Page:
Melbourne Cup favourite Yucatan has been inspected by Racing Victoria vets as part of their routine inspections at Werribee Quarantine centre and has been cleared of any problem.
Yucatan was the centre of controversy when it was first committed to run in the Caulfield Cup before later being taken out of the $5 million race on Monday after pulling up feeling the effects from his win in the Herbert Power Stakes last Saturday.
It’s not the policy of Racing Victoria to vet horses outside of the lead-in to the Melbourne Cup, but its vets looked at all Aidan O’Brien’s horses in quarantine on Tuesday as part of the routine at Werribee.
“I only get reports about horses with problems. If they don’t have a problem, I don’t hear from our vets,” Racing Victoria chief steward Robert Cram said. "The vets are out at Werribee every day and have a routine to look at the horses out there.
“We would inform everyone if there is a problem with any horse. It is part of the transparency of our racing.”
Yucatan worked at Werribee on Wednesday as his build-up to the Melbourne Cup continued.
His managing owner, Lloyd Williams, went on Melbourne radio on Tuesday to explain the reasons behind the change of heart in running Yucatan. He said that he had been x-rayed after his Herbert Power win and was showing signs of puffiness in his joints.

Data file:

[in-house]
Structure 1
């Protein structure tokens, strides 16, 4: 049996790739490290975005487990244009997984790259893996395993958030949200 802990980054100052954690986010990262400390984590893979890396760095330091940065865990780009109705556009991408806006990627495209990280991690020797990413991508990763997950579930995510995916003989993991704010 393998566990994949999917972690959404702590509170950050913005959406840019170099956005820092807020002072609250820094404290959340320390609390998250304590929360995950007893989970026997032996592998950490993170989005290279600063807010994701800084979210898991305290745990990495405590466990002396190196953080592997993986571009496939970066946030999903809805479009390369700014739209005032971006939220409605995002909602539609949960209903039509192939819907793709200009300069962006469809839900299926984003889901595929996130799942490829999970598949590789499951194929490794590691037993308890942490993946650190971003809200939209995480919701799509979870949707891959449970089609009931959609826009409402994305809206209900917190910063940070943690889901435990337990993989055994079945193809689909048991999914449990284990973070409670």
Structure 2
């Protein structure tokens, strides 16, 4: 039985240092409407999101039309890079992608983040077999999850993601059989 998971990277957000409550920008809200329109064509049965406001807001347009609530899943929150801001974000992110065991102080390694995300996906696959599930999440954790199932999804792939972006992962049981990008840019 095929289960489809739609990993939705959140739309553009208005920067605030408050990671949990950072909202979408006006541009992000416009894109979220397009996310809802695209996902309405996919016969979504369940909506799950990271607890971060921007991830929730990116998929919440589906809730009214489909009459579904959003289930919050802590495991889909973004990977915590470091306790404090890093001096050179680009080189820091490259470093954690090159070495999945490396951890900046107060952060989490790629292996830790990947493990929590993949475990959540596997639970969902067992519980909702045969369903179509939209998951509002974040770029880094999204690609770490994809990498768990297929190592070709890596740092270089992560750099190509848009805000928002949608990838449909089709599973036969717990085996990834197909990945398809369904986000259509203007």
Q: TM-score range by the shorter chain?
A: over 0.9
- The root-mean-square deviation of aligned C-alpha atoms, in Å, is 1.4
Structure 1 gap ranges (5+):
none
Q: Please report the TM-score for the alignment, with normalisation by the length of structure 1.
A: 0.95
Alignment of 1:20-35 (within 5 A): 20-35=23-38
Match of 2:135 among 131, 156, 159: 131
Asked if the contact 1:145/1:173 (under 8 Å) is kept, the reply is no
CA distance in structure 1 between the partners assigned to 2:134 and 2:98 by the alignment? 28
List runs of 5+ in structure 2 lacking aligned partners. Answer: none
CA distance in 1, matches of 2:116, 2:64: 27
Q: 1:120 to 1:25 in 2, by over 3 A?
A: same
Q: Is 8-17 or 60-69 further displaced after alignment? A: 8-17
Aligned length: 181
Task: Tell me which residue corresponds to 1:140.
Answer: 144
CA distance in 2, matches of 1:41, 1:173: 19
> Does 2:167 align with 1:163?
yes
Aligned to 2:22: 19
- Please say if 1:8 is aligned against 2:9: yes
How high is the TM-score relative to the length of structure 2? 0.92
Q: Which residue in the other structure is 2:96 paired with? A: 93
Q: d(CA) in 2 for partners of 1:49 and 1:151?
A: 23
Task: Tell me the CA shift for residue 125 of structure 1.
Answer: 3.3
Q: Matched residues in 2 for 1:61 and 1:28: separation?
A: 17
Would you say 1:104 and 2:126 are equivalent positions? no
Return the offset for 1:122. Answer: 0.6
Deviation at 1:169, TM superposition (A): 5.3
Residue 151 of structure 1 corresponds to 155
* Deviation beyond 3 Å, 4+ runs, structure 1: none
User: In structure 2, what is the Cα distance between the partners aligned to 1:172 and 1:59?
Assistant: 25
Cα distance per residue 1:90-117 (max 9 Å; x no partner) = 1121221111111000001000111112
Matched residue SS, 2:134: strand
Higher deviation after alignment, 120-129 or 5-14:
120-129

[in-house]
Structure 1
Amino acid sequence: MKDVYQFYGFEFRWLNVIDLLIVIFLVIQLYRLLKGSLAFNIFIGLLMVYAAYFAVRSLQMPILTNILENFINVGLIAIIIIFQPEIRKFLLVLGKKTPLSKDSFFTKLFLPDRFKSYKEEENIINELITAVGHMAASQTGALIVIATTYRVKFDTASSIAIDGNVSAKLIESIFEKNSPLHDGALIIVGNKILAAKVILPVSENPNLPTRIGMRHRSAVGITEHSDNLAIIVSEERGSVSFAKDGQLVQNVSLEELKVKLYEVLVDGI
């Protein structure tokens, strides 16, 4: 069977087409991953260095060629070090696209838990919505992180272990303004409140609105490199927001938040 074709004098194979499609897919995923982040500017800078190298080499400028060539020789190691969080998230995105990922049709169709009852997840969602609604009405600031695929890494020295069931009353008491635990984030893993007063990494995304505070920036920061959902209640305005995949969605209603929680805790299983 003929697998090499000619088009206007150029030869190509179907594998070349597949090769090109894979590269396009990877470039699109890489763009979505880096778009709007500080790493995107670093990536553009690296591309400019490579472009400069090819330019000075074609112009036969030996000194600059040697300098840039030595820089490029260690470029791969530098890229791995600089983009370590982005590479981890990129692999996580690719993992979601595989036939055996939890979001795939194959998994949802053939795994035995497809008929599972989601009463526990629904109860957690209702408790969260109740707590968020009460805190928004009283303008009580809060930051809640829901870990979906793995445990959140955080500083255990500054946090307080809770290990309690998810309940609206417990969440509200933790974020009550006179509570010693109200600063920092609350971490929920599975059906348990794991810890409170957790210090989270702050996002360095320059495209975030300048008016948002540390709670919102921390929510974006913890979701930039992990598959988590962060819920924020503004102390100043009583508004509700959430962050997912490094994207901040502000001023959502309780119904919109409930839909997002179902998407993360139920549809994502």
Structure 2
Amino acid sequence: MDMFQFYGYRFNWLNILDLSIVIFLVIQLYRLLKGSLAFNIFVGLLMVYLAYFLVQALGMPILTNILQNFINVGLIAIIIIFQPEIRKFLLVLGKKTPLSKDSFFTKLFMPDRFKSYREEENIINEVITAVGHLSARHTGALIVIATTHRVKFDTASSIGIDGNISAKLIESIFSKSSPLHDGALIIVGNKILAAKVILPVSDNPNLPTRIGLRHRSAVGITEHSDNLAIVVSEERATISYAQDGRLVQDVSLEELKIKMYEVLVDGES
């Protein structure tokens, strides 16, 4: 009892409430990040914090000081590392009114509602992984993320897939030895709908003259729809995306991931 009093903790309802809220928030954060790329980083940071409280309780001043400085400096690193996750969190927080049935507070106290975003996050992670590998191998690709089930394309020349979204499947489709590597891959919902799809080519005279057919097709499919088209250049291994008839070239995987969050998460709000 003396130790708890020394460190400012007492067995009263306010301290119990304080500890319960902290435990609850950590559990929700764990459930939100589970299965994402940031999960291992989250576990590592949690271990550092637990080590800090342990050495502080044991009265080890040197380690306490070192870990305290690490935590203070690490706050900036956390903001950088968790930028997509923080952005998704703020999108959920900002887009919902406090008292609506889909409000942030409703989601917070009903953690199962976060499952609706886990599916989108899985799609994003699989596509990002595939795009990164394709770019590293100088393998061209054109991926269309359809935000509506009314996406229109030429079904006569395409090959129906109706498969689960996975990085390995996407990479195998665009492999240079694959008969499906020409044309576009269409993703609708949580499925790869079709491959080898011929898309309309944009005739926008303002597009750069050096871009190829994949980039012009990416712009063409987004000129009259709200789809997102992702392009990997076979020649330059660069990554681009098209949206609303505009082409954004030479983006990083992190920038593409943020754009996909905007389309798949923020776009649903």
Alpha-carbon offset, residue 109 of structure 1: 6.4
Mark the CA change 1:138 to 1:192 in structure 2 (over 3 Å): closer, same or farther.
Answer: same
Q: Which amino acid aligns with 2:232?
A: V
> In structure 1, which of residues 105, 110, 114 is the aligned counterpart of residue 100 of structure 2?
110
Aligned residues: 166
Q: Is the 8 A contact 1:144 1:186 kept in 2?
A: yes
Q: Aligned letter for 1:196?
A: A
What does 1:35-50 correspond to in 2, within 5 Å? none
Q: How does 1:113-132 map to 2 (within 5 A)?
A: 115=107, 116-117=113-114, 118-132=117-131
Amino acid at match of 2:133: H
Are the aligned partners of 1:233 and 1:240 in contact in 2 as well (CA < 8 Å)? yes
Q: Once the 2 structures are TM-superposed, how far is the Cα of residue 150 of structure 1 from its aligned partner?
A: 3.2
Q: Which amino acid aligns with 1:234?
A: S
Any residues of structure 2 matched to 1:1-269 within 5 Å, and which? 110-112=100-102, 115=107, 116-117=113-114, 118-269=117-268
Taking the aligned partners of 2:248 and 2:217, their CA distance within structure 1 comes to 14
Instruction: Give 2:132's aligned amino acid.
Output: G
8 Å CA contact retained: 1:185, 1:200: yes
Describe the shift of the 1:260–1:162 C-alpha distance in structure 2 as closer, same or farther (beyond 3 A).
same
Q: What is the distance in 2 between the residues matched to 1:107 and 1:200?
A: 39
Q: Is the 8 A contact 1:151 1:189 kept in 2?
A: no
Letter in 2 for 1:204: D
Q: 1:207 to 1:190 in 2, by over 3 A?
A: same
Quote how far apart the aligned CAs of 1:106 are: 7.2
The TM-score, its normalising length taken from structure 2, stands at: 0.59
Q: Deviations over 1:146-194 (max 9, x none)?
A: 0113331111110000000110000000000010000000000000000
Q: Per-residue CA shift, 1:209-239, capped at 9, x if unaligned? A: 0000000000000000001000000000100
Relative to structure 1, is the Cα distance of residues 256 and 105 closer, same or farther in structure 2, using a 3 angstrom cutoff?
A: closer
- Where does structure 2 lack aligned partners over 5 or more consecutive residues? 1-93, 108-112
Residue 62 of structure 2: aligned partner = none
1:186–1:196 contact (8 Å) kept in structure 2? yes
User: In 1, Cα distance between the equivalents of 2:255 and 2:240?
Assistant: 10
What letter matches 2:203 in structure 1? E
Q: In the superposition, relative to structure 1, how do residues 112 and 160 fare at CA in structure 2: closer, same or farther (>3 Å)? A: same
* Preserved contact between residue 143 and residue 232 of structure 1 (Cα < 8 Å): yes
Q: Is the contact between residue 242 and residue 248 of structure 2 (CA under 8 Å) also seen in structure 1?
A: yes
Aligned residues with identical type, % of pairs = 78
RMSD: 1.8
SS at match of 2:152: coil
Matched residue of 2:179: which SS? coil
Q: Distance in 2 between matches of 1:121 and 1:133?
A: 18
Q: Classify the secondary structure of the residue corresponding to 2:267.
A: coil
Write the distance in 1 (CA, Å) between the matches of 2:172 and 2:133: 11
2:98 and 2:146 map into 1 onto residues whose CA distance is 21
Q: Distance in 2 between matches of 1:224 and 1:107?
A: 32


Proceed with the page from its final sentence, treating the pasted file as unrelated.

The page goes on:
Cram “had a conversation” with Williams about the situation surrounding the five-year-old withdrawal from the Caulfield Cup and was happy with the process.
“They have not breached any rules of racing during the progress,” Cram said. "They let everyone know in a timely manner.
“We just wanted to clarify the situation with Mr Williams, which was made more difficult by the time difference between here and Ireland [where trainer Aidan O’Brien is].”
Stewards are also waiting details of the betting from bookmakers and Betfair on Monday, which take a couple of days to collect before closing their look at the Yucatan's Caulfield Cup withdrawal.
Betfair traded Yucatan in a range from $5 to $13.50 from Sunday until the announcement was made that he wouldn't be running around 6.40pm on Monday. Yucatan drifted from a low of $5.50 for Monday at 4pm to $13.50 at 6.40pm but only $1800 traded in that period, a fraction of the money bet on the exchange.
Cram said the Caulfield Cup field would not be vetted this week, a practice which has become commonplace in big races around the country.
“We only do that for the Melbourne Cup,” Cram said. “We will closely monitor the field in the next couple of days but unless there is a problem with a runner we will not have the vets have a look at any horse.”
The Racing Victoria policy differs from the actions of Sydney stewards, who were pro-active before The Everest when they vetted English and Invincible Star from the stable of Gai Waterhouse and Adrian Bott.
The difference between the Yucatan situation and that of English and Invincible Star, was the Tulloch Lodge pair were found to be lame by vets post race.
Racing NSW stewards quickly become involved and had a base line on the horses from several vet exams before both relinquished their places in The Everest.
Stewards in NSW and Queensland have made it part of their integrity protocols to vet the field in races such as The Everest, Golden Slipper, Stradbroke and Magic Millions.